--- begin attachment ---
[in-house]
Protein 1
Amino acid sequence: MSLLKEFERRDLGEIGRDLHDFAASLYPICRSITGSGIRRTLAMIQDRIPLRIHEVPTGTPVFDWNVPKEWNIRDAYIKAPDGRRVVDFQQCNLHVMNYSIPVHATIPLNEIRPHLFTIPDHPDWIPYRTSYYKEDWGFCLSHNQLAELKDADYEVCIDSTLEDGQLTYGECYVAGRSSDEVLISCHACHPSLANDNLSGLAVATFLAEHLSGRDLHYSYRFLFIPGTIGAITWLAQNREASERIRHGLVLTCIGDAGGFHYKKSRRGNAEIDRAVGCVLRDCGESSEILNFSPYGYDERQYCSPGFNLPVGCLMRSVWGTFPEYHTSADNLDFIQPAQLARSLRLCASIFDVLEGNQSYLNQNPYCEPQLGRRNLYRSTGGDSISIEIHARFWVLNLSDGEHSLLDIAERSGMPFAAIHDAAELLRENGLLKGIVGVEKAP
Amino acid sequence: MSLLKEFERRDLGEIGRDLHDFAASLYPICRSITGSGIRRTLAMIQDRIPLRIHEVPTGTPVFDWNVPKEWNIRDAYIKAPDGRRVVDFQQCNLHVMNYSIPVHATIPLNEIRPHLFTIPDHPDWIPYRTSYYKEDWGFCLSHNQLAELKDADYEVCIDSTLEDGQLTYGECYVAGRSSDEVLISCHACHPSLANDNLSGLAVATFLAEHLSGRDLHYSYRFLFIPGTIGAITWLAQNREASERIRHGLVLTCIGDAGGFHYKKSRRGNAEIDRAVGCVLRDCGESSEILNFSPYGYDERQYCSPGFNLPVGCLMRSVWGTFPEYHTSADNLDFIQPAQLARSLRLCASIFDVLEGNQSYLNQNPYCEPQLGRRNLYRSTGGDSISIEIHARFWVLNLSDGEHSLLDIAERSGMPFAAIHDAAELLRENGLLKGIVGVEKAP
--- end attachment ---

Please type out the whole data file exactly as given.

[in-house]
Protein 1
Amino acid sequence: MSLLKEFERRDLGEIGRDLHDFAASLYPICRSITGSGIRRTLAMIQDRIPLRIHEVPTGTPVFDWNVPKEWNIRDAYIKAPDGRRVVDFQQCNLHVMNYSIPVHATIPLNEIRPHLFTIPDHPDWIPYRTSYYKEDWGFCLSHNQLAELKDADYEVCIDSTLEDGQLTYGECYVAGRSSDEVLISCHACHPSLANDNLSGLAVATFLAEHLSGRDLHYSYRFLFIPGTIGAITWLAQNREASERIRHGLVLTCIGDAGGFHYKKSRRGNAEIDRAVGCVLRDCGESSEILNFSPYGYDERQYCSPGFNLPVGCLMRSVWGTFPEYHTSADNLDFIQPAQLARSLRLCASIFDVLEGNQSYLNQNPYCEPQLGRRNLYRSTGGDSISIEIHARFWVLNLSDGEHSLLDIAERSGMPFAAIHDAAELLRENGLLKGIVGVEKAP
Amino acid sequence: MSLLKEFERRDLGEIGRDLHDFAASLYPICRSITGSGIRRTLAMIQDRIPLRIHEVPTGTPVFDWNVPKEWNIRDAYIKAPDGRRVVDFQQCNLHVMNYSIPVHATIPLNEIRPHLFTIPDHPDWIPYRTSYYKEDWGFCLSHNQLAELKDADYEVCIDSTLEDGQLTYGECYVAGRSSDEVLISCHACHPSLANDNLSGLAVATFLAEHLSGRDLHYSYRFLFIPGTIGAITWLAQNREASERIRHGLVLTCIGDAGGFHYKKSRRGNAEIDRAVGCVLRDCGESSEILNFSPYGYDERQYCSPGFNLPVGCLMRSVWGTFPEYHTSADNLDFIQPAQLARSLRLCASIFDVLEGNQSYLNQNPYCEPQLGRRNLYRSTGGDSISIEIHARFWVLNLSDGEHSLLDIAERSGMPFAAIHDAAELLRENGLLKGIVGVEKAP